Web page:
A Word From...Director of Coaching Girls
A Word From... is part of a series of monthly articles from Alaska Rush Soccer Club's Techinical Director and Directors of Coaching. Each week, a different Director will submit an article pertaining to Alaska Rush, Rush Soccer or even world football in general. It's an opportunity for our readership to gain more insight on the sport and understand further what Alaska Rush Soccer Club is about and what Rush Soccer offers it's Members.
A Word From... Director of Coaching Girls
As a Director of Coaching with Alaska Rush Soccer Club, part of my responsibility is to ensure sure we have quality coaches coaching our players. One of the main things I look for from our coaches is the willingness to improve as a coach. As I’m off this week on a NSCAA coaching course, this thought struck me as well as methods coaches can use to improve their practice moving forward.
The first thing coaches can do is to take every possible opportunity to take coaching courses. I think it is important coaches take licenses and diplomas to advance their skills. Just like we expect our players to learn from coaches with more experience, we as coaches can learn from coaches with more experience then us. The NSCAA, USSF, UEFA and many other organizations offer courses for coaches to improve their coaching practice. These courses range from overall coach courses to courses that focus on goalkeeping, youth players, adults, fitness, duties of DOC’s, etc. I believe it is important we have well-rounded coaches who take advantage of these courses to offer Alaska Rush players the best opportunity to improve.
The second thing coaches can do to improve is to learn from fellow coaches. Whether watching TDs, DOCs or other coaches, coaches looking to improve their craft should make an effort to notice what works well and what doesn’t. One of best opportunities to learn is from other coaches from other clubs on coaching courses. Most instructors will tell you most of what you learn is from other coach candidates as much as it’s from the instructors themselves. Coaching courses out of state offer an opportunity to observe coaching styles from coaches that you normally would never get a chance to watch.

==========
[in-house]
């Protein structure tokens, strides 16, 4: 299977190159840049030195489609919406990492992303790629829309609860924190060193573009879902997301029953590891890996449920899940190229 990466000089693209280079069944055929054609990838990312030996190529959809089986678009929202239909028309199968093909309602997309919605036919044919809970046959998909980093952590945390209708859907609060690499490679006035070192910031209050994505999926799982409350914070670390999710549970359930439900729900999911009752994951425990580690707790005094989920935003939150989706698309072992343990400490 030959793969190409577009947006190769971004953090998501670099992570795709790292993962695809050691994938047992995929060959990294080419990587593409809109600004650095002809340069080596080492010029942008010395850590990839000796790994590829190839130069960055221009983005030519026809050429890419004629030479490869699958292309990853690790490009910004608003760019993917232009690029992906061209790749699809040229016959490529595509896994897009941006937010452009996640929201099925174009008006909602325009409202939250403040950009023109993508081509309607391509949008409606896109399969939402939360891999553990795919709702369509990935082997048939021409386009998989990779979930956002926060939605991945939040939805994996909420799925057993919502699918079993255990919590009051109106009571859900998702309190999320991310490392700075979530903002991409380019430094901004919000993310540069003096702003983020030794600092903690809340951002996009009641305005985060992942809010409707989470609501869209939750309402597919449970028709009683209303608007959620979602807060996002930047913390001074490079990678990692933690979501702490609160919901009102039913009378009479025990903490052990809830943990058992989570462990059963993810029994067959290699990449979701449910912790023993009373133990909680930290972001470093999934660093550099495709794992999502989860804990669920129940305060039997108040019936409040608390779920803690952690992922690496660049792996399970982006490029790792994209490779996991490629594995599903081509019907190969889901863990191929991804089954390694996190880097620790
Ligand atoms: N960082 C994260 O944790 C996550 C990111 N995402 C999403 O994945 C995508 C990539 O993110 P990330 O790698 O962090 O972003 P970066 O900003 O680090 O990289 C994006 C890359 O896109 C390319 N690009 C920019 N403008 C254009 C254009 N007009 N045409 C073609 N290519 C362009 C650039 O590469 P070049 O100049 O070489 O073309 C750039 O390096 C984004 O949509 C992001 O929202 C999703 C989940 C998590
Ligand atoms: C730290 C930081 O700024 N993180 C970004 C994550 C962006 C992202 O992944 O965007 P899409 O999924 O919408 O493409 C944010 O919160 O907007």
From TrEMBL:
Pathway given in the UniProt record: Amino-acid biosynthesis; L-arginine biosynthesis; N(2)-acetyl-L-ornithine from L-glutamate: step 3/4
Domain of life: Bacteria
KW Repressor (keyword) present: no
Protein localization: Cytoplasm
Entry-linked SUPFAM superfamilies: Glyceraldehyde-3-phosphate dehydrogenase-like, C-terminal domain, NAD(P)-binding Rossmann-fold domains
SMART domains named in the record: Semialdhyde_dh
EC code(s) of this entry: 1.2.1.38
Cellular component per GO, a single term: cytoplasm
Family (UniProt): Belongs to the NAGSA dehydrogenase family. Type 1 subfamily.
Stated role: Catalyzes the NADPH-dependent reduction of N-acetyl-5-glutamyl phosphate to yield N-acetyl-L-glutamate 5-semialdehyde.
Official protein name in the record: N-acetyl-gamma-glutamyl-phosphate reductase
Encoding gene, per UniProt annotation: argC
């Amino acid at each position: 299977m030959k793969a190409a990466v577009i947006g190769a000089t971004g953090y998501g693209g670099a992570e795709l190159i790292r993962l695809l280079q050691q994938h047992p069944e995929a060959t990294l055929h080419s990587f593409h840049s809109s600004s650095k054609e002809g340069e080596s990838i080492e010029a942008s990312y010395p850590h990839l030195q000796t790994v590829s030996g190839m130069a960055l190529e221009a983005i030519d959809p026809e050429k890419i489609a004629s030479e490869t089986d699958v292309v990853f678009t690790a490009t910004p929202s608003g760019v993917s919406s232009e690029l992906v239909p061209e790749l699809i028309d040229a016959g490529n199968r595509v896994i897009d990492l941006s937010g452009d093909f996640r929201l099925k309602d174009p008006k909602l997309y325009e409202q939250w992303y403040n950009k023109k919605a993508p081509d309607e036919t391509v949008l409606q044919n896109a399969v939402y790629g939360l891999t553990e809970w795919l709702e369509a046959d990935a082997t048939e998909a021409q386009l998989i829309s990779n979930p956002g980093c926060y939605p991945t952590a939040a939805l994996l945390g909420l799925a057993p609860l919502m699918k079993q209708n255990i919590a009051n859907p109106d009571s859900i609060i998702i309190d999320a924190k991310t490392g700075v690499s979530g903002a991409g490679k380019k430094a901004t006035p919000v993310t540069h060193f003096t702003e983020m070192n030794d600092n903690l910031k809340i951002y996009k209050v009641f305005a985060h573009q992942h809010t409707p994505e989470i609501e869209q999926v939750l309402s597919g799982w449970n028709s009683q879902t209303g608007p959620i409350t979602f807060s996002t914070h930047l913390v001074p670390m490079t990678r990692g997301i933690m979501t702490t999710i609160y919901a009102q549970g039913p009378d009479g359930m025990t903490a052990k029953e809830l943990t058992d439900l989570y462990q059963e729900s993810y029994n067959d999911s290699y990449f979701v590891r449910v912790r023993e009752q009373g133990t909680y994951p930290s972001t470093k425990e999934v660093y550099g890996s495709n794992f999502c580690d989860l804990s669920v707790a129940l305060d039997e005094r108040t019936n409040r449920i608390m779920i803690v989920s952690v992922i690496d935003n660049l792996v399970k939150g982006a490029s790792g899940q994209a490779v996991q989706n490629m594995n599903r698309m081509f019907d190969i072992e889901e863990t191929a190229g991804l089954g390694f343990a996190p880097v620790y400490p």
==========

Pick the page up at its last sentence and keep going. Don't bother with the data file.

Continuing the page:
The third thing coaches can use to improve is to learn from players. There will be times to allow them to coach the coach. If players are given the chance to explain why they made a choice in an exercise, a coach can possibly see the choice from a new perspective. This does not mean the player is always right, but maybe their choice actually makes sense. Another way to learn from players is to see how they interact with coaches, players and how they respond to a coach’s training. As a coach if you make a practice plan and it doesn’t seem to work, you may need to adjust. As a coach, I am always trying to watch how our players react to the training and adjust to make sure it benefits them. As coaches if we decided to coach without observing our players, we are not coaching to our full potential.
I honestly believe that as coaches we need to learn more then we teach. When a coach tells me they have learned everything they can and they think they know it all, I would tell them I think it is time they retire from coaching. If we are not improving as coaches, then we are only hurting our players. As Director of Coaching Girls at Alaska Rush it is my goal to make sure our coaches never quit learning adjusting and improving as coaches.